Phil Mogg - vocals; Andy Parker - drums; Danny Peyronel - keyboards; Michael Schenker - guitar; Pete Way - bass
Formed in England in 1969, UFO began as a hard rocking outfit with plenty of emphasis on space-rock and riff-heavy boogie. Their first two albums bore a passing resemblance to early Deep Purple with a healthy dose of the space-metal of Hawkwind mixed in. These early albums found great success in Japan, France and Germany, but met with general indifference in their native country and the United States. A third live album, which was released exclusively in Japan, showed the band to be an engaging act onstage, but did little toward increasing their exposure. In June of 1973, all this took a turn for the better, when teenager Michael Schenker of the German metal band Scorpions permanently joined the group on guitar. Although Schenker spoke not a word of English, his guitar playing sensibilities communicated plenty with the core band members and it was during this time that UFO's music really began to jell.
This Record Plant session from September of 1975, before a small in-studio audience, will be a welcome discovery to fans of the band's Phenomenon/Force It era, the first two albums to feature Schenker on guitar. Although a bit of their space-rock sound remained on these albums, this was clearly a transitional period. UFO were forging ahead into new territory, creating original music that in retrospect, can now be seen as a bridge between hard rock and early heavy metal. Cited as a primary influence by the likes of Kirk Hammett of Metallica, Steve Harris of Iron Maiden and Dave Mustaine of Megadeath, this era of UFO was certainly a precursor to the 1980s heavy metal scene.
UFO's Record Plant set is particularly intriguing as it captures much of the band's best material from the 1974 album Phenomenon, as well as the 1975 follow-up, Force It, the two albums which gained them increased visibility in the States and Europe. Although technically a studio recording, the presence of a live audience and the raw live nature of these performances display the band in good form and playing as a tighter unit than ever before. With Schenker on board, the sound has a harder edged guitar-driven sound and these performances have a raw immediacy that the more sterilized album versions lack.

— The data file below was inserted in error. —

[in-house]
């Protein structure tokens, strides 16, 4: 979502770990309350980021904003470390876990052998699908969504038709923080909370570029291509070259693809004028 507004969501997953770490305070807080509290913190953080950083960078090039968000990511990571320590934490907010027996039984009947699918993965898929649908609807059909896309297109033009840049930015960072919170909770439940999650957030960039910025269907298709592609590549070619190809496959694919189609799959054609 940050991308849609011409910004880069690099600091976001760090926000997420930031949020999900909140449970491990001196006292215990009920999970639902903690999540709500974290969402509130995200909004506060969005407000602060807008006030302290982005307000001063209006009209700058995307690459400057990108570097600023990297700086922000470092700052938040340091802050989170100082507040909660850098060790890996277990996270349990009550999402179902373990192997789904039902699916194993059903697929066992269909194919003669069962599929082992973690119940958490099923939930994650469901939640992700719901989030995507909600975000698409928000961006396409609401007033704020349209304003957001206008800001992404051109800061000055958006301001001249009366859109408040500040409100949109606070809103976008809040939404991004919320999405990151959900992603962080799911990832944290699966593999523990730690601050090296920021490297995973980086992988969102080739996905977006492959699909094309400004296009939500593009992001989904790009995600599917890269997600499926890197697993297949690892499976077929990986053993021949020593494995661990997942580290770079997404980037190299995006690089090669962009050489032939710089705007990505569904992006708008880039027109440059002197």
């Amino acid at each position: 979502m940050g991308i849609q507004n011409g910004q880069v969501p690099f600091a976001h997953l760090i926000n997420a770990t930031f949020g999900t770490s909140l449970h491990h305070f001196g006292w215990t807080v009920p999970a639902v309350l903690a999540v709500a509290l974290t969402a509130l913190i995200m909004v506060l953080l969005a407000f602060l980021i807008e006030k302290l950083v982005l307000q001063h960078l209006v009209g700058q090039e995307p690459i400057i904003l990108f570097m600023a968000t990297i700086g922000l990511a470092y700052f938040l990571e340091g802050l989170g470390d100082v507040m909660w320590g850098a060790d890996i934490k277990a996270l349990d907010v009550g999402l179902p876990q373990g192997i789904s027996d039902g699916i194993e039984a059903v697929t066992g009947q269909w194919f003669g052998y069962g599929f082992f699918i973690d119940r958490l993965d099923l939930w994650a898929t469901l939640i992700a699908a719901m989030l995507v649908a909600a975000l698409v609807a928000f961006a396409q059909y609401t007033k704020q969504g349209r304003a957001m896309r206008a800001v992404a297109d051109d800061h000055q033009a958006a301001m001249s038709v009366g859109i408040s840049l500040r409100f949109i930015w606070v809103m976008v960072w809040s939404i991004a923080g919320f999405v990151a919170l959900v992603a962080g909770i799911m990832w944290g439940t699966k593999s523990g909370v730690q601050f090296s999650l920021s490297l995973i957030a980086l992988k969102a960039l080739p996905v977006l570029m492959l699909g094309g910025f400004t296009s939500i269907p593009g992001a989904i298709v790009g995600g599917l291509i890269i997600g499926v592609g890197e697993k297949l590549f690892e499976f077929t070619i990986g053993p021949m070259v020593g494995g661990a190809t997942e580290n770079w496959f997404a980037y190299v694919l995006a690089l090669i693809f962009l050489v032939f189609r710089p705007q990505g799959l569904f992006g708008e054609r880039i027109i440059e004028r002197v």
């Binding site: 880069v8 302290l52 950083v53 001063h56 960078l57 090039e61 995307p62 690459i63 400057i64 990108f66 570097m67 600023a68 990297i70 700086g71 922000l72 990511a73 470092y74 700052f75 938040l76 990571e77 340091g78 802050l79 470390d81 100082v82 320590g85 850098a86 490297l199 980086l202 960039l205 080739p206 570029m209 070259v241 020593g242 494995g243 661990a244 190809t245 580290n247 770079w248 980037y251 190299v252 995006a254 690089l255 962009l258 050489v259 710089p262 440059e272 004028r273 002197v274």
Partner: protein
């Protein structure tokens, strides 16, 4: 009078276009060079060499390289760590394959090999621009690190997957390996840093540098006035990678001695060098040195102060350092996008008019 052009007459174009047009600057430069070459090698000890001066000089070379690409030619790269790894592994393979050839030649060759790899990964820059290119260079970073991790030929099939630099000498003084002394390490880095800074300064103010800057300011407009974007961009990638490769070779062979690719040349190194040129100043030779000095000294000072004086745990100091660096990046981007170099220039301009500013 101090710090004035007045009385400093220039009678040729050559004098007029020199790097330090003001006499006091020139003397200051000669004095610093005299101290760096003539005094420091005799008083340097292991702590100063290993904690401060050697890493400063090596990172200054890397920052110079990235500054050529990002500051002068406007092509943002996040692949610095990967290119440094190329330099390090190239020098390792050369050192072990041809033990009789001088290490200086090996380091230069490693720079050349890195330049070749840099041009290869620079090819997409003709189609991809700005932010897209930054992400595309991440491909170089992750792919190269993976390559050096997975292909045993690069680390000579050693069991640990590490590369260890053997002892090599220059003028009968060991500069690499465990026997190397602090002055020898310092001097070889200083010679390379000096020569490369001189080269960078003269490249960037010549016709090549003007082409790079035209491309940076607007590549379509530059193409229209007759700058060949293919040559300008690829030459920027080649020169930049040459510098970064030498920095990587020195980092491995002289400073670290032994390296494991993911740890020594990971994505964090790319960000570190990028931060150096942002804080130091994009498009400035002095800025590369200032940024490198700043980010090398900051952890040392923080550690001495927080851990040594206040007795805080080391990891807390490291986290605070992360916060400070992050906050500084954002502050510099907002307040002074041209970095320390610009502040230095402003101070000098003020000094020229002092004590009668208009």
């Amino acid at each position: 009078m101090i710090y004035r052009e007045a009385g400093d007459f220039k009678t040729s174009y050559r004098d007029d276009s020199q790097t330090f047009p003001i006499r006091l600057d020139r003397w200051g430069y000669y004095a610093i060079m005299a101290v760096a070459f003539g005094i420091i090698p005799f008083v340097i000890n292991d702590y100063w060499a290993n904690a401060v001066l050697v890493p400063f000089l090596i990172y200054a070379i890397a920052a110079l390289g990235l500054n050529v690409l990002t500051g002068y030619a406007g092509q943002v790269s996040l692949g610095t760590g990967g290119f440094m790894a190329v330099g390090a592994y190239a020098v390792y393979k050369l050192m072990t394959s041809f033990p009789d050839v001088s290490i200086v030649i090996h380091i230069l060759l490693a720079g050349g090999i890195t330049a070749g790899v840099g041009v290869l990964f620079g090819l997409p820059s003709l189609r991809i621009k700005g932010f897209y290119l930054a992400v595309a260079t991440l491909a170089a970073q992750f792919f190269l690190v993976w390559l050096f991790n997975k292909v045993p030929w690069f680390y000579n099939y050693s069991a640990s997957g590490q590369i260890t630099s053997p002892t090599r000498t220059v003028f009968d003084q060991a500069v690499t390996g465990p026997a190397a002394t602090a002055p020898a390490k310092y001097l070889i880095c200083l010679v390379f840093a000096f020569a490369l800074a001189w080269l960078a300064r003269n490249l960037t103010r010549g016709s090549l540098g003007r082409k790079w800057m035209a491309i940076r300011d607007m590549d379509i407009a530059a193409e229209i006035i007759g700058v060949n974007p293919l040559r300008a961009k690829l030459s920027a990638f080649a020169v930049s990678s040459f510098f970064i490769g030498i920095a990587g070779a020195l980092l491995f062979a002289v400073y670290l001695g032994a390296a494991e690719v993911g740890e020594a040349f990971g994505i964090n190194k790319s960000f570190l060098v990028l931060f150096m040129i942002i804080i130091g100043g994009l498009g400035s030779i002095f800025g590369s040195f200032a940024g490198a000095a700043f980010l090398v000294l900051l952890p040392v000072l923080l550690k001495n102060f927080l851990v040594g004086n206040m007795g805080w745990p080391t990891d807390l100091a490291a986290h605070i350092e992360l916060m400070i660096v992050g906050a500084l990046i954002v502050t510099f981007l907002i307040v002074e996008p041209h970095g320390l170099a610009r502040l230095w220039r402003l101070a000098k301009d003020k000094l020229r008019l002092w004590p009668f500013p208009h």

The Phenomenon album is well represented by "Oh My," "Space Child" and their tribute to Willie Dixon, "Built For Comfort." However it's the live takes of "Doctor Doctor" and a nearly nine-minute rendition of "Rock Bottom" (both also from Phenomenon) that begin approaching the group's best work.
These early live renditions of the Force It material take it a step further and this is the music that truly established the band. With Schenker's trademark sustained tone and riffs to spare, "Let It Roll" kicks the show off with one of their most popular songs of this era. Later in the set is "Mother Mary," a crunching riff-laden beast in the vein of Black Sabbath, as well as "Shoot Shoot," both written by the band as a whole and reflecting a new level of creativity. The lyric writing has progressed on this material and their instrumental abilities are reaching new heights here. They also perform "Out In The Street," another great track from Force It. This ballad contains one of Schenker's most memorable guitar breaks as well as a strong emotive vocal from Mogg. Eddie Cochran's "C'Mon Everybody" closes this memorable set.